Although in my hometown area of Burlington, many young people walk and bike everywhere. If you live in the right spot, near your place of work, you can do it. It might be one of the best investments in your health. It’s well-documented that those who walk to work are generally healthier.
Walking is a popular and beneficial form of cardio exercise, but it’s crucial to be aware of potential challenges and precautions to ensure a safe and enjoyable experience. In this section, we’ll address the potential risks, considerations for individuals with health conditions, and ways to protect your joints and bones while walking.
As with any physical activity, there are possible risks associated with walking. Some of these include:
Injury: Overuse injuries, such as shin splints and plantar fasciitis, can occur if you increase your walking distance or intensity too quickly. To prevent injuries, gradually increase your walking routine and listen to your body’s signals.
Joint issues: Walking can put strain on joints like the knees, hips, and ankles. If you feel pain from walking, it’s best to get your walking gait examined by a physical therapist. It doesn’t matter how comfy for your shoes are, if you’re walking incorrectly, the pain will always return.
Walking can be beneficial for those managing chronic health conditions, such as type 2 diabetes, high cholesterol, or cancer. However, it’s essential to consult with your healthcare provider before starting a walking routine to determine the appropriate intensity and duration for your unique situation.
Diabetes: Regular walking can help control blood sugar levels, but people with diabetes should monitor their blood sugar before and after exercising.
High cholesterol: Walking can lower “bad” cholesterol (LDL) while increasing “good” cholesterol (HDL), but it’s essential to maintain a healthy diet and address any additional risk factors with a healthcare professional.
Cancer: Walking can help alleviate fatigue and enhance quality of life during cancer treatment, but check with your healthcare team for personalized advice based on your specific treatment and side effects being experienced.
Taking care of your joints and bones is vital for a long-lasting, enjoyable walking routine. Here are some practical tips to keep in mind:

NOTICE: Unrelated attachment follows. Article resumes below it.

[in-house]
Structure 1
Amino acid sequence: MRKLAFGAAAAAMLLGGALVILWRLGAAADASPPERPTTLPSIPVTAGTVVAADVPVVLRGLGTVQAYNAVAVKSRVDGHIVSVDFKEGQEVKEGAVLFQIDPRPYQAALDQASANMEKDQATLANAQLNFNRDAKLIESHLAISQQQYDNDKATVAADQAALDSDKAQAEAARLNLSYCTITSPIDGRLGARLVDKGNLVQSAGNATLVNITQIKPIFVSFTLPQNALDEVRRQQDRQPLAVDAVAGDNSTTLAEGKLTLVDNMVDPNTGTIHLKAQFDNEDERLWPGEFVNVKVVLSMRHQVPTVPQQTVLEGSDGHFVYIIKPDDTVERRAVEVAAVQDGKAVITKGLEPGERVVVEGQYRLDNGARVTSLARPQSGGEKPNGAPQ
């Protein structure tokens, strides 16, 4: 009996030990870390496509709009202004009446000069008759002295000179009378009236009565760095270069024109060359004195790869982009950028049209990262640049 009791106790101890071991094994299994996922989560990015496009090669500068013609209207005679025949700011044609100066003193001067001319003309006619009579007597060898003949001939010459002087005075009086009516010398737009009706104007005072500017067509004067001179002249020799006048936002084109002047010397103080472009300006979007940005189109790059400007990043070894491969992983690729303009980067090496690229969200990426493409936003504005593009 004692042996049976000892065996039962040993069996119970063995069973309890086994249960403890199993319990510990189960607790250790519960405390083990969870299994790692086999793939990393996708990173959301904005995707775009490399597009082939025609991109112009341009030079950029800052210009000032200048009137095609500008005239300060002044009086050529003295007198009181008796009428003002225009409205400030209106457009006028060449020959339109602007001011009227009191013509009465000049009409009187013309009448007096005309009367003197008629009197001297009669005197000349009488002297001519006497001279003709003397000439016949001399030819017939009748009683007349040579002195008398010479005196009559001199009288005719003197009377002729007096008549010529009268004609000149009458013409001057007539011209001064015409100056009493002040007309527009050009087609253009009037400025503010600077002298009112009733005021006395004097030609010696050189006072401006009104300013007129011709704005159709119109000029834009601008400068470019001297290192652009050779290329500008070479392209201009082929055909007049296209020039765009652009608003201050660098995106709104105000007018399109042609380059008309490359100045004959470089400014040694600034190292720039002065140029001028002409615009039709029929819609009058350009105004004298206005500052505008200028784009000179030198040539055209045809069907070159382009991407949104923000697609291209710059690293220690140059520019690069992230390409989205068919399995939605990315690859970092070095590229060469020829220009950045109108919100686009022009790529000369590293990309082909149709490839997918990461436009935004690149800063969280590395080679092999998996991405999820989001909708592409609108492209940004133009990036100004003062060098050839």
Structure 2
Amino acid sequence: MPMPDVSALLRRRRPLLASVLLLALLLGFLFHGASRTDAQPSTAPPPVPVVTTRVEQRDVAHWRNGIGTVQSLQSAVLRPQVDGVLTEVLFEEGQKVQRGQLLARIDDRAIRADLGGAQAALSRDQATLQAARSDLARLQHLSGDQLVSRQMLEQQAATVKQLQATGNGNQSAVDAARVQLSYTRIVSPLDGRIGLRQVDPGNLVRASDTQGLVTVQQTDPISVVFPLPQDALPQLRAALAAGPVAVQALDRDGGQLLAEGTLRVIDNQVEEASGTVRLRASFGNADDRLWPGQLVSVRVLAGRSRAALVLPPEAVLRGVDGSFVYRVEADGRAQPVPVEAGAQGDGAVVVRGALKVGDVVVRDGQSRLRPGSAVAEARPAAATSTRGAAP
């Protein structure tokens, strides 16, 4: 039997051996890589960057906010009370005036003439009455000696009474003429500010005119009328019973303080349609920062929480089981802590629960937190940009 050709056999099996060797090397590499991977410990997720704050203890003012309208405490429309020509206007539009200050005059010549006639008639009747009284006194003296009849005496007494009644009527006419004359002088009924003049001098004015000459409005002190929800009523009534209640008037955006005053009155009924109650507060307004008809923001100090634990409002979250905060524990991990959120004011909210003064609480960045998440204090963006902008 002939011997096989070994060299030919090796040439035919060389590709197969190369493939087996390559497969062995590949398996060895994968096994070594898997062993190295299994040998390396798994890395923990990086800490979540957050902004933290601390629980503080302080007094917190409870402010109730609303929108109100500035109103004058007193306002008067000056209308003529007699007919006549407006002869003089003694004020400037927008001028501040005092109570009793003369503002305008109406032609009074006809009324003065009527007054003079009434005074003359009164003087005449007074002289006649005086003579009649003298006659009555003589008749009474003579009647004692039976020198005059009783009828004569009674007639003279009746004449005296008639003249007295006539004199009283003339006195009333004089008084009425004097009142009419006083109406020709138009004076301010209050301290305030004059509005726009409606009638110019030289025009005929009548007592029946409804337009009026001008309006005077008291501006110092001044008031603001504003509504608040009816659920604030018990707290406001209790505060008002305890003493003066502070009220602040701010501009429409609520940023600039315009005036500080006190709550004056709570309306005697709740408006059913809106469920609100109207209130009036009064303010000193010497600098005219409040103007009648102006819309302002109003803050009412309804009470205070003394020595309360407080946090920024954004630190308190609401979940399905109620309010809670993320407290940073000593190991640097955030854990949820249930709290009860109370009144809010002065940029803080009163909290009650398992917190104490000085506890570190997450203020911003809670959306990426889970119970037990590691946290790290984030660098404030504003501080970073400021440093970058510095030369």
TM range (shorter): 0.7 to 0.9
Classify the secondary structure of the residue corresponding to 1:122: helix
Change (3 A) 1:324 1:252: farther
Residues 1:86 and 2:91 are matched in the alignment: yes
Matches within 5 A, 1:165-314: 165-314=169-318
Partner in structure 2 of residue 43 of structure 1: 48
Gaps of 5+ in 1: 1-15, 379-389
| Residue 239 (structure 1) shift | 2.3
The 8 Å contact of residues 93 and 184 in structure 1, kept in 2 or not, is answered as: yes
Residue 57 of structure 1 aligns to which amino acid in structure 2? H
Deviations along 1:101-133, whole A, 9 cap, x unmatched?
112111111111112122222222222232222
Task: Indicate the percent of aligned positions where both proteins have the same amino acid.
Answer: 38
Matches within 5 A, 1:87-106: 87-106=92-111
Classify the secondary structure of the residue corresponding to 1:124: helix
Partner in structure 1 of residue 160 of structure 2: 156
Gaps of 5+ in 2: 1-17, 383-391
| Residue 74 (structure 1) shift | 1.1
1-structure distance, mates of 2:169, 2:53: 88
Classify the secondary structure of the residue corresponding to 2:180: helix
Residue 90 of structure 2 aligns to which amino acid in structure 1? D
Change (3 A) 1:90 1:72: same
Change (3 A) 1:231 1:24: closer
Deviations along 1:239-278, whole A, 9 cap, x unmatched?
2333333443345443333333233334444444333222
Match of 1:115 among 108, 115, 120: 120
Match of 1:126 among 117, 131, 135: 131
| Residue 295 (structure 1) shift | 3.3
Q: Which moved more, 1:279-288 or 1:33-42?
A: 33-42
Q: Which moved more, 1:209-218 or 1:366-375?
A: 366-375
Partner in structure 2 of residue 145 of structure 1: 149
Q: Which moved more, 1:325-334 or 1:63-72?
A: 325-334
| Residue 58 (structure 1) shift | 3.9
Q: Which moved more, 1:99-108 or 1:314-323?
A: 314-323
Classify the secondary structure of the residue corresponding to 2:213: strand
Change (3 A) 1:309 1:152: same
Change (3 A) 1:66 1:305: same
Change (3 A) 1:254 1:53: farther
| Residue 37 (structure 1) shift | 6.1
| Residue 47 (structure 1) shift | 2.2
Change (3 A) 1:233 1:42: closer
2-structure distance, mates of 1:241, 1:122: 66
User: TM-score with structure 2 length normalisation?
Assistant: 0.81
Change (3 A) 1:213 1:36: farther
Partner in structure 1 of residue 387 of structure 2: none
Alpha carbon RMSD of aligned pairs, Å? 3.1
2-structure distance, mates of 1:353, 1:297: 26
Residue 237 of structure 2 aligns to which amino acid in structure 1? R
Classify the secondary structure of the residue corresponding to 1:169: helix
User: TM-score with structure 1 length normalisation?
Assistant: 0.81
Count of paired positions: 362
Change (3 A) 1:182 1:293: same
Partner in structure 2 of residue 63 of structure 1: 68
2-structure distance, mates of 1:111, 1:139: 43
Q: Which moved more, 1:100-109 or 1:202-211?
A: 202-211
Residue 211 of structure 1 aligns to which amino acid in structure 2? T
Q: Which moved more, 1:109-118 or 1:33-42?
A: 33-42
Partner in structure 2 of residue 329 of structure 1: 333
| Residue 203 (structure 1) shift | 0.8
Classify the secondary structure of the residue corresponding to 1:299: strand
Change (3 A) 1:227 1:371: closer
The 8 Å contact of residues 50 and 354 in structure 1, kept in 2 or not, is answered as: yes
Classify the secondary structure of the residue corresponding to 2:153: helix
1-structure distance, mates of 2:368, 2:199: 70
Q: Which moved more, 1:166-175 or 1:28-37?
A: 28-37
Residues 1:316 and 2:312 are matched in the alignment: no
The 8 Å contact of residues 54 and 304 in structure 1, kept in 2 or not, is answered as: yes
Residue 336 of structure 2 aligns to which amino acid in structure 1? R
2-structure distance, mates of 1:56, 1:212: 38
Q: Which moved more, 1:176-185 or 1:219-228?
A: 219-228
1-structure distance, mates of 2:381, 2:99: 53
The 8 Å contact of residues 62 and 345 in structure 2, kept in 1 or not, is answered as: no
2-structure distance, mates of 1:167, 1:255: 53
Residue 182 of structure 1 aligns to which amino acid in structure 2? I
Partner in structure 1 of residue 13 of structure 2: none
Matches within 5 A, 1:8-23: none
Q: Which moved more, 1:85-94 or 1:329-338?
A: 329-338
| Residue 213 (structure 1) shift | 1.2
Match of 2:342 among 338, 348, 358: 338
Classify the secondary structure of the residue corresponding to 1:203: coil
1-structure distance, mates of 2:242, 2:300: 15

Choose the right shoes: Invest in quality, well-cushioned walking shoes. In particular, go for ones without too much heel lift, as heels will impact your walking posture.
Mind your posture: Walk with an upright posture, engaging your core muscles and avoiding excessive movement in your arms and upper body. As mentioned, it’s not a bad idea to see a physical therapist.
Vary your walking surfaces: Mixing up the terrain you walk on, such as grass, trails, and pavement, can reduce the impact on your joints and bones.
Warm-up and cooldown: Begin your walk with a gentle warm-up, such as marching in place or gently stretching your muscles. After your walk, spend a few minutes stretching to maintain flexibility and reduce the risk of injury. Luckily, your boy has written a whole program for this. Exercise Foreplay: 5-Minute Warm-Up Programs.
We all know that the hardest part of a workout is often just getting started. Here are some tips to help make your walking cardio routine fun, enjoyable, and something you’ll want to stick to for the long haul.
Whether you walk with a friend, family member, or even your dog, having a companion by your side can make your walks more enjoyable. Engaging in conversation as you walk not only keeps things fun but also helps the time fly by. And if you have a dog, they’ll appreciate the exercise too! For added motivation, consider joining a local walking group where you can meet new people and discover new routes.
Put together a playlist filled with upbeat music that will boost your mood and keep you moving. Having a fun and energetic soundtrack to your walk can make a considerable difference in motivation and enjoyment. You can even switch it up frequently to keep things fresh and exciting. Additionally, the right music can help improve your posture, as you’ll find yourself walking to the beat and holding your head high.